With medals scarce for Canada on the opening weekend, the most spirited Canadian performance might have been Friday’s exchange between CTV hosts Brian Williams and Lisa LaFlamme over uninvited comments made by Republican presidential candidate Mitt Romney about London’s preparedness for the Games.
The critical remarks from Romney, who ran the 2002 Salt Lake City Olympics, sent the Fleet Street press and Brit politicians into a fury about “Mitt the Twit.” Even American conservative commentator Charles Krauthammer lambasted Romney’s left-footed comments as “unbelievable” and “beyond comprehension.”
Williams and LaFlamme got around to Romney as Team USA paraded on Friday with Williams acknowledging the GOP candidate controversy. But then Williams lit into the Brits for being “thin-skinned.” Weren’t the Brits the ones with the hate-on for Vancouver in the early days on the 2010 Games? True. LaFlamme went off script to disagree, saying Romney had created controversy unnecessarily. Also true.
Williams was not placated, however, saying Romney had every right to critique London’s problems with security after saving the Games in Salt Lake City. At this point, LaFlamme let it die as the British team entered the stadium.
In an e-mail to Usual Suspects, Williams described it as “just a fun conversation. It was certainly not planned. I was simply looking at his comments as they were coming as a former head of the Salt Lake Olympics.” But in Friday’s otherwise vanilla voice-over presentation, the exchange struck us as more than just fun.
So did Williams’s stinging rebuke to the International Olympic Committee for offering a baffling moment of silence for dead relatives of people in the stadium while ignoring the massacred Israelis from Munich in 1972. “They died as Olympians,” Williams pointed out. NBC’s Bob Costas mentioned the controversy as well, without Williams’s vitriol.
She’s everywhere you want to be
Props to VISA for having a pre-taped Emilie Heymans commercial congratulating her for her fourth medal, all impeccably voiced by Morgan Freeman. Raising the question, which is more exciting, an Olympic medal or having Freeman say your name?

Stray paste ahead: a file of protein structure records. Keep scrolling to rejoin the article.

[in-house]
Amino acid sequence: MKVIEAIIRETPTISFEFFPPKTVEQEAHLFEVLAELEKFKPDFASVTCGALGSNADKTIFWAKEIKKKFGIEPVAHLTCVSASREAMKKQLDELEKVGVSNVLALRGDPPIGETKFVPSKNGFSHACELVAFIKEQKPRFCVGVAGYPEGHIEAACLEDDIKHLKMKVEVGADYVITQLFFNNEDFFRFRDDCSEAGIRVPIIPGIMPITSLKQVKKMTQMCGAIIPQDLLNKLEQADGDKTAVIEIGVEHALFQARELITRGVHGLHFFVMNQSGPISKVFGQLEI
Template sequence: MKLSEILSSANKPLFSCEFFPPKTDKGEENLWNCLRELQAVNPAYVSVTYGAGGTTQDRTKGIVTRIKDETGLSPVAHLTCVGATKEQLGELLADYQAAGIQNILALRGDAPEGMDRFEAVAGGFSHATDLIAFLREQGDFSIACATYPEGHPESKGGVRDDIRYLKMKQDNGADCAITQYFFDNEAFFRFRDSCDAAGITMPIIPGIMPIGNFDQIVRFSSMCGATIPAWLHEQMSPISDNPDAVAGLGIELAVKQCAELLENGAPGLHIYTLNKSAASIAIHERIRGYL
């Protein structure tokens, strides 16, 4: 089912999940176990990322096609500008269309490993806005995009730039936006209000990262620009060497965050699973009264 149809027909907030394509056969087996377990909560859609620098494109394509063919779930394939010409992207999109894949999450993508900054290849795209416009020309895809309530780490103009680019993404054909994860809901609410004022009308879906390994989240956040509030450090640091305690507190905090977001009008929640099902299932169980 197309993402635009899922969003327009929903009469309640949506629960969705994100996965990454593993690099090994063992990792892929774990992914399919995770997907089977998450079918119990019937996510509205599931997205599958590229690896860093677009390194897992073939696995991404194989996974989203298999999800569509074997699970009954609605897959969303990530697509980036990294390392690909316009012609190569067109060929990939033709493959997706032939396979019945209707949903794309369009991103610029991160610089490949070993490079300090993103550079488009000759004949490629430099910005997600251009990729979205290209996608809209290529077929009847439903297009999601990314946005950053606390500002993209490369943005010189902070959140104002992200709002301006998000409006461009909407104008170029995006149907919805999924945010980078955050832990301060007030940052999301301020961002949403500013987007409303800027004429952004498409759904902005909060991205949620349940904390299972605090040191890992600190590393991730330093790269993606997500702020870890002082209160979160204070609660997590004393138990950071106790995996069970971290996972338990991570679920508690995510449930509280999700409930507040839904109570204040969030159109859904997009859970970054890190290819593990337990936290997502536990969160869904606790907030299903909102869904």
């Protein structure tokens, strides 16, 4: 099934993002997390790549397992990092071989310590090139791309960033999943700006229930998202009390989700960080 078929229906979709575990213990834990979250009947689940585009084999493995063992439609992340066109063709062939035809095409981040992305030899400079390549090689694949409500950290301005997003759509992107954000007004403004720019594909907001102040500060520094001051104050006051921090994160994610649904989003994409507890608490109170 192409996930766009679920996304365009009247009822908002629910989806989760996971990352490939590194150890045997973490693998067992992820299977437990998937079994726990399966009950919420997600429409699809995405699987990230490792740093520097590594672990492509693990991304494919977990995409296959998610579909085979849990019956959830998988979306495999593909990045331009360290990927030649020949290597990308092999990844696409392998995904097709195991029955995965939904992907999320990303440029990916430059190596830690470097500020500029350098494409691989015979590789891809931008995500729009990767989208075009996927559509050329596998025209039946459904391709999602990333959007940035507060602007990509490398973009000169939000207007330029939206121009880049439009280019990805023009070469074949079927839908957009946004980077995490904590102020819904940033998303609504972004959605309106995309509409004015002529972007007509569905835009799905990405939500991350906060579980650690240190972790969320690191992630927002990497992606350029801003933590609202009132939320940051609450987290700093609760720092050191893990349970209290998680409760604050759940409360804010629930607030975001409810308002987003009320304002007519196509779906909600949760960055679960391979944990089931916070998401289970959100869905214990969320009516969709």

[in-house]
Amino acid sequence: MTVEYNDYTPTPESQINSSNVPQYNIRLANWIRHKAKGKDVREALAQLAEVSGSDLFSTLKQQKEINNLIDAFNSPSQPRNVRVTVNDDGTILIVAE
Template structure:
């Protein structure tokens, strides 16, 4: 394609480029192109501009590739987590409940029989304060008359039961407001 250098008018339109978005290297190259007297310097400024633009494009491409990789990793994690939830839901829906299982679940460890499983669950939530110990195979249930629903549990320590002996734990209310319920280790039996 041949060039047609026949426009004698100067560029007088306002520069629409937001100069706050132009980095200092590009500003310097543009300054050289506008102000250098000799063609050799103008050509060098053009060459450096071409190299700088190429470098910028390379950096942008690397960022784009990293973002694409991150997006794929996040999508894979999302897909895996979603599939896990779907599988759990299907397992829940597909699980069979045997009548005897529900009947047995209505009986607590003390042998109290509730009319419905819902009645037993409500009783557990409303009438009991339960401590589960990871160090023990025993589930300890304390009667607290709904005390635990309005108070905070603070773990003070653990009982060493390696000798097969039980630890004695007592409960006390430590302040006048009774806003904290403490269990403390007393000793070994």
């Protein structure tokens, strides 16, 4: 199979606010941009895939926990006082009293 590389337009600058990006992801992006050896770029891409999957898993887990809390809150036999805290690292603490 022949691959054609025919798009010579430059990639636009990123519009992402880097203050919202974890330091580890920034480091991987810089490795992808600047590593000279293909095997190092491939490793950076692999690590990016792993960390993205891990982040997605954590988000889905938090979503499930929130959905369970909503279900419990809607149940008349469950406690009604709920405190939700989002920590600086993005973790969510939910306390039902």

Speaking of mentioning names, can everyone at the broadcast consortium get the proper pronouncer on Jennifer Abel’s name? While CTV’s Rod Smith and Blythe Hartley pronounced the medal winner’s name properly as “ah-BELL,” interviewer Perry Solkowski and desker Don Taylor were calling her “AY-bel.”
Bell’s Mosaic channel with all five channels on at one time.
Announcers, stop referring to “tonight’s” events. They occur in the afternoon in Canada, where your audience lives. And please tell all the talking heads that Big Ben is the bell, not the tower.
While there may be acres of empty seats at some Olympic venues, there were few unoccupied chairs in homes watching TV on opening night of the Olympics. The telecast of Friday’s unique Danny Boyle spectacle was the most-watched Summer Olympic opening ceremony with 6.4 million viewers across all of the CTV/Rogers consortium's platforms between 4-8 p.m. ET. Only Vancouver’s 2010 Winter Games opening ceremony, at 13.5 million, garnered more viewers.
Vancouver had the advantage of being live in prime time during the optimum viewing time of the year and, of course, being in Canada.
- The Globe and Mail's complete coverage of the London Olympics
- Big media struggles to adapt an old model to a new world at Olympics
- Olympic divers Heymans and Abel win bronze, Canada's first medal